The land, it seemed, was thirsty too. In 1861, Tennessee seceded from the Union, and a little over a year later, 60 Federal soldiers rode down the Murfreesboro Road to put an end to John Morgan’s occupation of a small town called Lebanon. As they passed the woods known as the dead land, two soldiers separated from the group to relieve themselves near the dry creek bed. They were never seen again. The dead land had taken them. That same year, in a battle on the banks of Stones River, the blood of 23,000 men fed the land. It drank the souls of the dead, and the evil at its heart grew stronger—but not quite strong enough. Yet.
Fate can turn on such small things—a stone turns beneath a foot, a man takes one road and not another, a wounded soldier returns from the war and passes a slave market. As he stops to beg a cup of water from a local shopkeeper, the auctioneer leads a woman onto the auction block. The soldier’s mouth goes dry. The cup slips from his fingers. Never mind that he is a poor landowner with little money and no need of slaves. He must have her!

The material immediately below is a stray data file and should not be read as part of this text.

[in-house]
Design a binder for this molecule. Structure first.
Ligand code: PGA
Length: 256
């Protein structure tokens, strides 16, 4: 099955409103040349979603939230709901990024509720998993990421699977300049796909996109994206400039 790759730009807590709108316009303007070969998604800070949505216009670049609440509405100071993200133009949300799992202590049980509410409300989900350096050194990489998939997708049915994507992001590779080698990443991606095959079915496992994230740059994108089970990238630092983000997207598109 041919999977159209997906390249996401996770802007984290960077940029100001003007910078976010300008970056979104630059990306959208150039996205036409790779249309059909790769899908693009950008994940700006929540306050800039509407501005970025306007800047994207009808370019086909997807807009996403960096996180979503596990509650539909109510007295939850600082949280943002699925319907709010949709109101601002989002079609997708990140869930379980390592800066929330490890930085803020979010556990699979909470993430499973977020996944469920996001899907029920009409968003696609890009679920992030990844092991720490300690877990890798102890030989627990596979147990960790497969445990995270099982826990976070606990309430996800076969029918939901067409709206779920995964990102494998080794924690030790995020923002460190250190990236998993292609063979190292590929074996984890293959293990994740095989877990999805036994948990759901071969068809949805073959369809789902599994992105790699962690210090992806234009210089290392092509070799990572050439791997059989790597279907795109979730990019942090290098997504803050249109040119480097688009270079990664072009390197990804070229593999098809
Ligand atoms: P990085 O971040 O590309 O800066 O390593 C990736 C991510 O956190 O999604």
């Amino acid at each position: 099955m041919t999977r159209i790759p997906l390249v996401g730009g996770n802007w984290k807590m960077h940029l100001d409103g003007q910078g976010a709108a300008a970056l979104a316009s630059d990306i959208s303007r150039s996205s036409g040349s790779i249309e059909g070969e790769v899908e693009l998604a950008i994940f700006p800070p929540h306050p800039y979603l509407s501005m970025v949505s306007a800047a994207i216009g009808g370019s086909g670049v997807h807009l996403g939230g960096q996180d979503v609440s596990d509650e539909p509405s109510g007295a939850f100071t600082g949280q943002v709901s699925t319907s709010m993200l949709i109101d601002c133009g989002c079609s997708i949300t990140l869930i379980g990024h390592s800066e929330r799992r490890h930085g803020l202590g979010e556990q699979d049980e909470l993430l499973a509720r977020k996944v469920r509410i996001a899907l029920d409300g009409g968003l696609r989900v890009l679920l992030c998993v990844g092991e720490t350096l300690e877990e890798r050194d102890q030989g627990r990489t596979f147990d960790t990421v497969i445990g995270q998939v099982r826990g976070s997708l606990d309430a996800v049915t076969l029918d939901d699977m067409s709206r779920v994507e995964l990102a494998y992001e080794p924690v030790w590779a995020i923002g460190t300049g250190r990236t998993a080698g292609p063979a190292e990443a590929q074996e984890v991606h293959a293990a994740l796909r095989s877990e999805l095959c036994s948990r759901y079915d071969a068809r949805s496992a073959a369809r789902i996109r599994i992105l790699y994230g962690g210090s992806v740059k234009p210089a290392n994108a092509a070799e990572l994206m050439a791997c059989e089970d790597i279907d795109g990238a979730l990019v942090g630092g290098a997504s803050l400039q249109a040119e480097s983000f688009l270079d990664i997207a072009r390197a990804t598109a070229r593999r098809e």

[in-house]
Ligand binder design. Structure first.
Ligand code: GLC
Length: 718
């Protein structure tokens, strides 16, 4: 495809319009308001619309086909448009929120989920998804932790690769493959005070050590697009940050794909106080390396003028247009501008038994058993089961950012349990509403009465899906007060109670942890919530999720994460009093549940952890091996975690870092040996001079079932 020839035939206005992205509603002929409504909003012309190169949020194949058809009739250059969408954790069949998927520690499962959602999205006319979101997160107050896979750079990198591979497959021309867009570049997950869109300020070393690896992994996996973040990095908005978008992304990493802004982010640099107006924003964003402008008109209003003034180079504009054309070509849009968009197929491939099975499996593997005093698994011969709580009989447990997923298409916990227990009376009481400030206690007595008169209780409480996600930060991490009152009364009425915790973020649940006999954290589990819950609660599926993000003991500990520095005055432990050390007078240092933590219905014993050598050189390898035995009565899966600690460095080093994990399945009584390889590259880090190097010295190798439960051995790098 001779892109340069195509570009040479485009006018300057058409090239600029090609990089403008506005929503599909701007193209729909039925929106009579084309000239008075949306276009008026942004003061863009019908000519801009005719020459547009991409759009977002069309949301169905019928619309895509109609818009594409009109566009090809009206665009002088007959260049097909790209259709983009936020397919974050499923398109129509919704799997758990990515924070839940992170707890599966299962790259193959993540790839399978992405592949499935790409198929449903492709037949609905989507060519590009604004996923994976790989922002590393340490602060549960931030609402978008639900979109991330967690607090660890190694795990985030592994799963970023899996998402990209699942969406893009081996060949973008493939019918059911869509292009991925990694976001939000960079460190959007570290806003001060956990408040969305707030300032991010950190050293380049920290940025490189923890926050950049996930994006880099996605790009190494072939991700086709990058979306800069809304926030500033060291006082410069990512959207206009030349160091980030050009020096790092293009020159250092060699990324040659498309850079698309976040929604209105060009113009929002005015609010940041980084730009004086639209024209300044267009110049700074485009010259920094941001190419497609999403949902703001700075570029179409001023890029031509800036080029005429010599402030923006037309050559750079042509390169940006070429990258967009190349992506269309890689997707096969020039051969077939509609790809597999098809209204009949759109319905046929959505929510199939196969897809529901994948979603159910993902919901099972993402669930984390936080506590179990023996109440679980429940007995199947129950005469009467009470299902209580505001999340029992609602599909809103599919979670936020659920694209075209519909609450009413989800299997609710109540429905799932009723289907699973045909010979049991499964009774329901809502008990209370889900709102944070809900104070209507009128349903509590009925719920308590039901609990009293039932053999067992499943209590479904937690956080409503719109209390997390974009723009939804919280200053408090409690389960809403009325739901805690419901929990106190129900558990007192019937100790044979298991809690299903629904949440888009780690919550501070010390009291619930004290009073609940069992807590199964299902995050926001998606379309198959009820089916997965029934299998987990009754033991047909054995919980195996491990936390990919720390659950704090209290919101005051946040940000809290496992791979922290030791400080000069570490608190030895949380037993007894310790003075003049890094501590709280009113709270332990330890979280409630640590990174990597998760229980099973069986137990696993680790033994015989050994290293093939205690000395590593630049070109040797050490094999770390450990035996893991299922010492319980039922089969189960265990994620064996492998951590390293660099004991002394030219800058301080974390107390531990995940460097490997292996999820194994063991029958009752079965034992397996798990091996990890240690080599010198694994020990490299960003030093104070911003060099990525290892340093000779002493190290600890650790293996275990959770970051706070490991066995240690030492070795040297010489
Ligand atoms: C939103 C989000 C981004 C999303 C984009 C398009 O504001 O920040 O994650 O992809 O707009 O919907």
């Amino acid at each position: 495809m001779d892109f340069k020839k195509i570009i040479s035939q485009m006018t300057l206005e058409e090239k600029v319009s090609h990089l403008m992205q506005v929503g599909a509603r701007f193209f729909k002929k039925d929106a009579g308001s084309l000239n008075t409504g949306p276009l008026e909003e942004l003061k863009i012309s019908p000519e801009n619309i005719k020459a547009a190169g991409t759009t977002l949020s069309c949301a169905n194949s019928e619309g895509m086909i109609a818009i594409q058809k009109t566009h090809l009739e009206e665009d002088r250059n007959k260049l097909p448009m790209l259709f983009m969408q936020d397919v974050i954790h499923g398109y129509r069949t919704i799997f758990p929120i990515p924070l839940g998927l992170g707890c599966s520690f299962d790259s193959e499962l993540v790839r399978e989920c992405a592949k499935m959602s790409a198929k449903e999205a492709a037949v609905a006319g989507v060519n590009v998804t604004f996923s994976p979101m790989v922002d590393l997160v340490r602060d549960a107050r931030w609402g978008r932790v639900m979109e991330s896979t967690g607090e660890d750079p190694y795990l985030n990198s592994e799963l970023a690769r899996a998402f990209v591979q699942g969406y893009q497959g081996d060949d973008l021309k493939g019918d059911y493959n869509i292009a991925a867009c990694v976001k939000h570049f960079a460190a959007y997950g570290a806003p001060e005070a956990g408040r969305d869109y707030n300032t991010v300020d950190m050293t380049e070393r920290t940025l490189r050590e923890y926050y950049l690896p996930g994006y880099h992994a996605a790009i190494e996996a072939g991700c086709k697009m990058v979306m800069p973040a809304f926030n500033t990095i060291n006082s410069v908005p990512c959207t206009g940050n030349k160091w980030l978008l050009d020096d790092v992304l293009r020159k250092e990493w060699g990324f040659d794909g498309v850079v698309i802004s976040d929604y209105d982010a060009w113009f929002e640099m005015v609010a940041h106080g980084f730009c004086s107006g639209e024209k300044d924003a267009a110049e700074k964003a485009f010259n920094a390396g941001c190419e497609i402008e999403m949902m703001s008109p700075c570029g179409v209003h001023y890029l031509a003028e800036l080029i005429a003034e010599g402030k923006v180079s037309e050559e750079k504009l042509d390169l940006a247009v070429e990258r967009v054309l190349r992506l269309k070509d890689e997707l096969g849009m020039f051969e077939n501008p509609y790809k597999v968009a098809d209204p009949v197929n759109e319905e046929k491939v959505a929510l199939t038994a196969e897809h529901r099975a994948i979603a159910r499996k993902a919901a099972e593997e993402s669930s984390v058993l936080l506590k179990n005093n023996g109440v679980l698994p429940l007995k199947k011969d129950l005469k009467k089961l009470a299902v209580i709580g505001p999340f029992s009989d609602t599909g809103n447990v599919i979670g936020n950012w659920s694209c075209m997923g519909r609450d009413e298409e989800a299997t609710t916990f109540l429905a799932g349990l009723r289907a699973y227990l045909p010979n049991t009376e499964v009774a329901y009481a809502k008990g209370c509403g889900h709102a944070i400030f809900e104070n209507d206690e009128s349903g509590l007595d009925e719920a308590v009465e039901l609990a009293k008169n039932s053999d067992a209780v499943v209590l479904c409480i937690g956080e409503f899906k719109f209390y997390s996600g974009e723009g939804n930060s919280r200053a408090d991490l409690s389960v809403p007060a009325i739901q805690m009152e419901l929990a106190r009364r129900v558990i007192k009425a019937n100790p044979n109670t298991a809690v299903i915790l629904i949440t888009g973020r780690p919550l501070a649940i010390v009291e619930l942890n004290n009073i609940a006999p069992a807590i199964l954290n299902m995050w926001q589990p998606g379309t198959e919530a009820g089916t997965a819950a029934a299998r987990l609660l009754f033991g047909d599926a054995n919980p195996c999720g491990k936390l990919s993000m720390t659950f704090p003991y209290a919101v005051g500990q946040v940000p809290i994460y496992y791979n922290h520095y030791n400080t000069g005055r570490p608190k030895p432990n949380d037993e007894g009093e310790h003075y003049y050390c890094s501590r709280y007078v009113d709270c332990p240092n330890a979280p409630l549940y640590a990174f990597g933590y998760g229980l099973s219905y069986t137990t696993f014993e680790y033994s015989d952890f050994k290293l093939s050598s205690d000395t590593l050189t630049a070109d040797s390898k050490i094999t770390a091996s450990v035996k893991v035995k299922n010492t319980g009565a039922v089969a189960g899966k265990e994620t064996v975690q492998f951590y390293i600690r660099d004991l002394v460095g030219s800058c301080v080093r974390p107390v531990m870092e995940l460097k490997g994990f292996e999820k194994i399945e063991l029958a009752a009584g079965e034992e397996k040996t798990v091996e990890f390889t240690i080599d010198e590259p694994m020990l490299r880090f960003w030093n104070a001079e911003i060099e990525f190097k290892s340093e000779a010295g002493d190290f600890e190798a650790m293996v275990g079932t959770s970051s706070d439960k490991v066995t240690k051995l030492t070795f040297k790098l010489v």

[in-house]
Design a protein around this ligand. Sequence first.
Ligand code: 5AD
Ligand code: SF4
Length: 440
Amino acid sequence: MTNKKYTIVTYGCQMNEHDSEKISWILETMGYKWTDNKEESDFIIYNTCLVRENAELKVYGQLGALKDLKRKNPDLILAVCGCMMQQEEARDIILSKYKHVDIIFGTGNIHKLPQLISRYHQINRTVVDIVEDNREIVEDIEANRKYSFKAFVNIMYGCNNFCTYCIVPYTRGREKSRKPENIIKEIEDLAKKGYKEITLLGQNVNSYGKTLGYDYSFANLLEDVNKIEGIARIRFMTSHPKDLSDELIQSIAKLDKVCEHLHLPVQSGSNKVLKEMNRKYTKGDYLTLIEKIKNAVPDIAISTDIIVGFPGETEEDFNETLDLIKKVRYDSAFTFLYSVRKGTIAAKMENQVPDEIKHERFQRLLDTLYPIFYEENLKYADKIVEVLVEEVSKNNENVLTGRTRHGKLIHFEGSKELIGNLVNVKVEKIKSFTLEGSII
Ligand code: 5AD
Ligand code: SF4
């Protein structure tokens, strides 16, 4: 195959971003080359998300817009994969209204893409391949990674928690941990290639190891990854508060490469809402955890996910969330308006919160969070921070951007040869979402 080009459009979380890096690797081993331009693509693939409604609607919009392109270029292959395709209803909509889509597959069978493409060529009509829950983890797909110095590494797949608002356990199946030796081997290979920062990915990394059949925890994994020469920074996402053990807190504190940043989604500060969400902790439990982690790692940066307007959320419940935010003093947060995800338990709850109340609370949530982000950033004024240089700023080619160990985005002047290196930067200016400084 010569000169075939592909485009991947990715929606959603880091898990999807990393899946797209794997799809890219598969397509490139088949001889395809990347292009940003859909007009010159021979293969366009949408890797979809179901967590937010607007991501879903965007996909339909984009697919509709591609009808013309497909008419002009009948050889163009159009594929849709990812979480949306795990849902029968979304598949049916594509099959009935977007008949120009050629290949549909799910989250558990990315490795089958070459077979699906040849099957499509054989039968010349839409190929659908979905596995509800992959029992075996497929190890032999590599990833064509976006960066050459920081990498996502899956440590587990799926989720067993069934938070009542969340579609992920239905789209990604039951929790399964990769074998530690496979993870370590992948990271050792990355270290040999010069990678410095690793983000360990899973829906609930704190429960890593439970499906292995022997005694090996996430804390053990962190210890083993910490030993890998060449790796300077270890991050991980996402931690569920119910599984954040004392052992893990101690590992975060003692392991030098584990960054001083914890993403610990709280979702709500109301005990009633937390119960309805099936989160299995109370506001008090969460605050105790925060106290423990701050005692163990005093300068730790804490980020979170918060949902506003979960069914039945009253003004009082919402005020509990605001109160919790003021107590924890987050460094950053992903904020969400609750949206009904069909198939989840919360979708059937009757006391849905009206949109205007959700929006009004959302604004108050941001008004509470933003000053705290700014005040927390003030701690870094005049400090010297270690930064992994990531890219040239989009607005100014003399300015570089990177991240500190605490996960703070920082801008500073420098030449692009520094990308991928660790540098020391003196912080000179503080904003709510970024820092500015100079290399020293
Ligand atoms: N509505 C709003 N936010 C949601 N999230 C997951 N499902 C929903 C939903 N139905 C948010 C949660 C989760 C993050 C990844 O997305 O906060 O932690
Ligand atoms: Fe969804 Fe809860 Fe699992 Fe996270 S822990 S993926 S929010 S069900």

That soldier was my great-grandfather, Herschel Walker, a Confederate Colonel with a debilitating wound and a deep, abiding fear of the ruin Union soldiers might make of his land. The woman, whose slave name was Sarai, had been sold by her owner, the master of a Jamaican sugar plantation, and brought to the mainland for resale. Even in her slave rags, she was beautiful. She was also a voudoun priestess.
If Herschel had been a kinder man, things might have turned out differently. Instead, at night, he visited Sarai while his pregnant young wife cried herself to sleep in their double-poster bed, and when the slave girl bore a child, he sold it to the owner of a nearby cotton plantation. He was unmoved by her tears.